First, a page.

Drinkwater and colleagues conducted a study to see if people who believed in conspiracy theories also believed in the paranormal. In addition, they examined if having such beliefs indicated poor reality testing. For these researchers, reality testing was measured by the degree to which subjects endorsed traditional explanations for events such as the World Trade Center, JFK, and other popular mysteries.
Their results showed a small relationship between people who both believe in the paranormal and endorse conspiracy theories and a reduced degree of reality testing. However, it is worth noting that their measure of reality testing may be problematic. A closer examination of the measure shows that reality-testing questions actually appeared to endorse the degree to which a person agrees with culturally endorsed or popular explanations.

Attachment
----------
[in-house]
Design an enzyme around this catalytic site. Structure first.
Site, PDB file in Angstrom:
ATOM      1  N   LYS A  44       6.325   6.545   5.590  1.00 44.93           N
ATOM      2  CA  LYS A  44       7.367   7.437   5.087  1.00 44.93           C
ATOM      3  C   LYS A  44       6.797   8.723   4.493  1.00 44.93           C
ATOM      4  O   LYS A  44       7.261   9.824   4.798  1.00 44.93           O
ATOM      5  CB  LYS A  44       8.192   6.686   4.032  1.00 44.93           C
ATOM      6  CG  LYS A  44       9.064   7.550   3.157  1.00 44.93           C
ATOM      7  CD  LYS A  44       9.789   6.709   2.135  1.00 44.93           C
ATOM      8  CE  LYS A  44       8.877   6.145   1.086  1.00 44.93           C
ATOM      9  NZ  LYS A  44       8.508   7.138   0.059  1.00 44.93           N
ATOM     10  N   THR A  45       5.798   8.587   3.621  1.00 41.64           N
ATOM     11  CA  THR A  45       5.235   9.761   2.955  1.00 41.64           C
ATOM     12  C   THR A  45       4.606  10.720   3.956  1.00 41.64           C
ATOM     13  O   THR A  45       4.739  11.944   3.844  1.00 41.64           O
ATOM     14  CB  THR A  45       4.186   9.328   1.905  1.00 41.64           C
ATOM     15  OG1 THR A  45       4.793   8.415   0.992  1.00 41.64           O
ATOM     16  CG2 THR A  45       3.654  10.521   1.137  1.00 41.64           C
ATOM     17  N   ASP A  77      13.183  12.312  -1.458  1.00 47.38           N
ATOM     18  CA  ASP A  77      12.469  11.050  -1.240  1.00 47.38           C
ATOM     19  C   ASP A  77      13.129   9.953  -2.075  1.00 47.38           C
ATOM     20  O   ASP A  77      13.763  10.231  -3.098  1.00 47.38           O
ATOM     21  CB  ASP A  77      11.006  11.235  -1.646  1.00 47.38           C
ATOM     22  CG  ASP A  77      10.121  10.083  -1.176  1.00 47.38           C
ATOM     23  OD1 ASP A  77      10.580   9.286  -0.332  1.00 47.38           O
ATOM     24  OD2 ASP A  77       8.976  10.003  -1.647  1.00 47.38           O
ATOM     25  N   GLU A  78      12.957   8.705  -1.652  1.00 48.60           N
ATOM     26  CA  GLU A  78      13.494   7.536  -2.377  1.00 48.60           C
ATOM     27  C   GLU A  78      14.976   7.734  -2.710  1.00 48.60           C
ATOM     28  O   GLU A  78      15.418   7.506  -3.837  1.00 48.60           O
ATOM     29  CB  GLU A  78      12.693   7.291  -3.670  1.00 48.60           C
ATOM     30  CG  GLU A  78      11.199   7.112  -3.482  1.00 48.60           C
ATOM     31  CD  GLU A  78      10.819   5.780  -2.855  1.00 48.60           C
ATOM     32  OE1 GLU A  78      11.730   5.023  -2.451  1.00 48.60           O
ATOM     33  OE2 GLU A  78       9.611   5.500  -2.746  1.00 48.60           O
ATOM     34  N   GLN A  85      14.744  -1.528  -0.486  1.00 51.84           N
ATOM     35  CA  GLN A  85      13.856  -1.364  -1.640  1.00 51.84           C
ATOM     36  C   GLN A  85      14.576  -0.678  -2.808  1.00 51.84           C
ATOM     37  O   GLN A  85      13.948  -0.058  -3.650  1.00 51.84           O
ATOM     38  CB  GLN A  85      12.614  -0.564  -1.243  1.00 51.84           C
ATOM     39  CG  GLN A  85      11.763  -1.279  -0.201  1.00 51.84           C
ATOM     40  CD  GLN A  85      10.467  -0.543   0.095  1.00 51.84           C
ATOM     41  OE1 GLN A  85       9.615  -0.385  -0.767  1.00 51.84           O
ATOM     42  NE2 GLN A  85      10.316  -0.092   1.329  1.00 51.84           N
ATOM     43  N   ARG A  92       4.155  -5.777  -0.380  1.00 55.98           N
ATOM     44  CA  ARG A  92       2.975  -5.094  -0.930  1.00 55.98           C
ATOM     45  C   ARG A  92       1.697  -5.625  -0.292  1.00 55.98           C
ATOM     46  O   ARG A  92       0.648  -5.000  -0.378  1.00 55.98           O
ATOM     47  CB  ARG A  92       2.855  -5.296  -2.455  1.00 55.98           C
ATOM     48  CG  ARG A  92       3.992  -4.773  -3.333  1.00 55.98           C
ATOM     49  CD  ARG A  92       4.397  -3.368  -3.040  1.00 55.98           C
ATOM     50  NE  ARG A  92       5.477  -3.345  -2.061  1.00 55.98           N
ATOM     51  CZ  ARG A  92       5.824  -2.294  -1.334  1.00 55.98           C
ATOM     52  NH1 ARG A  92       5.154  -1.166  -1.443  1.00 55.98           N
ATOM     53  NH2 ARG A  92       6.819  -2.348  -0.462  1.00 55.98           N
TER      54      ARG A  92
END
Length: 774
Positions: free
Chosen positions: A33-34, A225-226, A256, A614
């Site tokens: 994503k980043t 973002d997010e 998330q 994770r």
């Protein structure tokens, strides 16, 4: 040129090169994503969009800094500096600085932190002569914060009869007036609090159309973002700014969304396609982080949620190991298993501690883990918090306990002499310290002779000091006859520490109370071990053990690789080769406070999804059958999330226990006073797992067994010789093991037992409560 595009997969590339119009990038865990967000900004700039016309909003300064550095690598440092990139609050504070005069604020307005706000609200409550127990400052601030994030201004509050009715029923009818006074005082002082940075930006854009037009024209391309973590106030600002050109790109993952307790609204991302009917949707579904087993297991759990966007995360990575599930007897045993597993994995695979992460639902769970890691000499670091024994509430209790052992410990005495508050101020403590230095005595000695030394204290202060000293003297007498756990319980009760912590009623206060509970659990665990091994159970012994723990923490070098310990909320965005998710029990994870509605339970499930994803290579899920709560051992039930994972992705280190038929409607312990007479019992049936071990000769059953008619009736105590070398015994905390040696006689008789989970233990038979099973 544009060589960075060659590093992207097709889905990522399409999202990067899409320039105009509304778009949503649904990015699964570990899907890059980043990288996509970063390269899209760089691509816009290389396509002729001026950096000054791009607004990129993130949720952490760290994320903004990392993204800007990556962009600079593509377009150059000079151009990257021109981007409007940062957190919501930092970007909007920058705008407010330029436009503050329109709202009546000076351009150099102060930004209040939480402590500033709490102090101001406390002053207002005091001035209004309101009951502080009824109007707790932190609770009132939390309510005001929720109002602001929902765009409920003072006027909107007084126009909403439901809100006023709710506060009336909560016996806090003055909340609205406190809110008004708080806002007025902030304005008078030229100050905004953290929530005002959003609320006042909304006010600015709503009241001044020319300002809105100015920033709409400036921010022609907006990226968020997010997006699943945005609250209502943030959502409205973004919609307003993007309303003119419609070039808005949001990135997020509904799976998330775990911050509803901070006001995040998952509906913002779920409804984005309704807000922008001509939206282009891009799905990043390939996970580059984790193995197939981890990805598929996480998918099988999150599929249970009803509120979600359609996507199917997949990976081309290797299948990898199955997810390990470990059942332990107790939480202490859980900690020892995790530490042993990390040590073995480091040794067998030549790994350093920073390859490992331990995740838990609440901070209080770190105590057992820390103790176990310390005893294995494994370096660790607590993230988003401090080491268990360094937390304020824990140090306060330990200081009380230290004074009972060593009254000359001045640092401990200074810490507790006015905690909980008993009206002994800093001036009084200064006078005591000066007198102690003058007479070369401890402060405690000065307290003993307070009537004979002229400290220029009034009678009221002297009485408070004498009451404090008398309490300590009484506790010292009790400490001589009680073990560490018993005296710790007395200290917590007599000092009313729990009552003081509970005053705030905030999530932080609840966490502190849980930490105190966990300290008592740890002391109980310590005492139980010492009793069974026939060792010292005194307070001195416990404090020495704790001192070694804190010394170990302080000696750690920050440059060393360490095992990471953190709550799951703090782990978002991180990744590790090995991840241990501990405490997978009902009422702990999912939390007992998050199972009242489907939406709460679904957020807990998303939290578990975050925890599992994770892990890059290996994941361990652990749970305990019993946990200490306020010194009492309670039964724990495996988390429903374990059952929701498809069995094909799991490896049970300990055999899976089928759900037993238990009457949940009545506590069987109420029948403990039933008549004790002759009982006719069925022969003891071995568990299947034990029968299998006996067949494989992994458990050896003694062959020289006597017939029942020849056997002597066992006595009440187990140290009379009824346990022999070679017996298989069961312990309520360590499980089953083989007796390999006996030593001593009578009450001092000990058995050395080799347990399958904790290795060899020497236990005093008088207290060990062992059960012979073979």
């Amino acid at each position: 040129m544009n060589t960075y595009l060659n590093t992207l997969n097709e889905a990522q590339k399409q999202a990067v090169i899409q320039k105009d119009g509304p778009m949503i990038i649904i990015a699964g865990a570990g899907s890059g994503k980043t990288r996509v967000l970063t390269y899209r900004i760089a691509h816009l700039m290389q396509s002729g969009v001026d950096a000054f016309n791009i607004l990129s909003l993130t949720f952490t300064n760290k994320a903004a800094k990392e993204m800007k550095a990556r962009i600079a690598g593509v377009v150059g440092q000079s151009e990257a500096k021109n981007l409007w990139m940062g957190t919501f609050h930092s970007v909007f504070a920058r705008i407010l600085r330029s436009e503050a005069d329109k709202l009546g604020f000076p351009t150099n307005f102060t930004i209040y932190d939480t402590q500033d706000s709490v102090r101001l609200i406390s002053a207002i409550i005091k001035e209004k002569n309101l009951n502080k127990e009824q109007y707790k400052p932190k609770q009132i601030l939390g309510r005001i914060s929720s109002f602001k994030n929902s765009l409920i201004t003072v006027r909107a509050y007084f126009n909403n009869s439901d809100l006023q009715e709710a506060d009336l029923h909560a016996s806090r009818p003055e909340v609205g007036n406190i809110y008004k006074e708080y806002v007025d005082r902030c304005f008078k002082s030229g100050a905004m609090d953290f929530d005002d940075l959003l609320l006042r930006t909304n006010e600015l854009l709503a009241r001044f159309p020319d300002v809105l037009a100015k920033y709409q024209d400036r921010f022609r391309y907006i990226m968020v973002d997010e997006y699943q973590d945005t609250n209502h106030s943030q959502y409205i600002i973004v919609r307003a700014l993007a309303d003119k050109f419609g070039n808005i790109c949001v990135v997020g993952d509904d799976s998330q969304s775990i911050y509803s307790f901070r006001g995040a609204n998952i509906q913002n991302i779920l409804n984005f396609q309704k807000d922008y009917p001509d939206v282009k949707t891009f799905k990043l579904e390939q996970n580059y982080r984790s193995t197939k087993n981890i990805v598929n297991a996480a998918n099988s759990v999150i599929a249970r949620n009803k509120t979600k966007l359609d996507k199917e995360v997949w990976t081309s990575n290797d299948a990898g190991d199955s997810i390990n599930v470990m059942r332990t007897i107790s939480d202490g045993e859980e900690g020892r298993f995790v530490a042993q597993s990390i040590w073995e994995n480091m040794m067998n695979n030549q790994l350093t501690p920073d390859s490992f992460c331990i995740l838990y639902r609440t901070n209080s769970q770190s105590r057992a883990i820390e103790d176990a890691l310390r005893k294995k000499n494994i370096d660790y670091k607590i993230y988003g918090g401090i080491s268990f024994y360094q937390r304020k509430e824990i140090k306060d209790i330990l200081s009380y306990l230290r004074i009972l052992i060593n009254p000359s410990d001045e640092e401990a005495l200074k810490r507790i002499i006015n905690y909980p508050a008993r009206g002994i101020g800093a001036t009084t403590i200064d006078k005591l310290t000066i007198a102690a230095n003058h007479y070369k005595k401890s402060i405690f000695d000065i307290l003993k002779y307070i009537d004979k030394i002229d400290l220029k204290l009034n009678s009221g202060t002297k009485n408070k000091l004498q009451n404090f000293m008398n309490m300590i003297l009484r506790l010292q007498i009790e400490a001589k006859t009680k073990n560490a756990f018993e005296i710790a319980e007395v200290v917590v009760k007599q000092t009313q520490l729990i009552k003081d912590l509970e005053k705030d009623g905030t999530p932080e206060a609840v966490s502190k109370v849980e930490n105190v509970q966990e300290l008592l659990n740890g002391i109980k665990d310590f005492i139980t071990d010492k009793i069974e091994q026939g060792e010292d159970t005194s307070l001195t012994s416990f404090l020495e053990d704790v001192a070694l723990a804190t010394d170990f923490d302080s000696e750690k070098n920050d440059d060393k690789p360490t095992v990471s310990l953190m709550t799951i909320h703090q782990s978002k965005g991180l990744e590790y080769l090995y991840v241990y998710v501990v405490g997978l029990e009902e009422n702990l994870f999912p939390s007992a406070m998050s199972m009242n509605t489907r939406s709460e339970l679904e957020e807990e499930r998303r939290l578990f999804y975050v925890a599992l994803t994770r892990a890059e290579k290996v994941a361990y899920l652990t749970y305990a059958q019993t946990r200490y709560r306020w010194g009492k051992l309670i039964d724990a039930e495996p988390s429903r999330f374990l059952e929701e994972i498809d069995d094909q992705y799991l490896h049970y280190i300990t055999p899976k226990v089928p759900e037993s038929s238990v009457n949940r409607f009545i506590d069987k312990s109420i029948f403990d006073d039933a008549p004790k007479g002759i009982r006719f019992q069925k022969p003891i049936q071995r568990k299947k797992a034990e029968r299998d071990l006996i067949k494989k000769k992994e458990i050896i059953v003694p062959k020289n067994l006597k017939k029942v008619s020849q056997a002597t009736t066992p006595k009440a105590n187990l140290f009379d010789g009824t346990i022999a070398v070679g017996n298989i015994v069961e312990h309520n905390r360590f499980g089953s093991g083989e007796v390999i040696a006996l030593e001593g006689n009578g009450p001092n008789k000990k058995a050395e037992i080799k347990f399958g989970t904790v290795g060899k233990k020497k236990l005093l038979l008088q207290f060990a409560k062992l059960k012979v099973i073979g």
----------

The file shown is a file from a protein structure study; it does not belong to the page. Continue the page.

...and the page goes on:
Although we rarely comment on research here at Paranormal Facts, we would like to emphasize to the reader that a large body of research supports the idea that cultural truths often become true as a function of popularity or belief, not necessarily evidence or facts. Thus, this particular reality-testing measure would represent more of an endorsement of culturally popular or government-endorsed explanations for mysteries than it would reality or facts.
Drinkwater, K., Dagnell, N., & Parker, A. (2012). Reality testing, conspiracy theories, and paranormal belief. Journal of Parapsychology, 76, 57-78.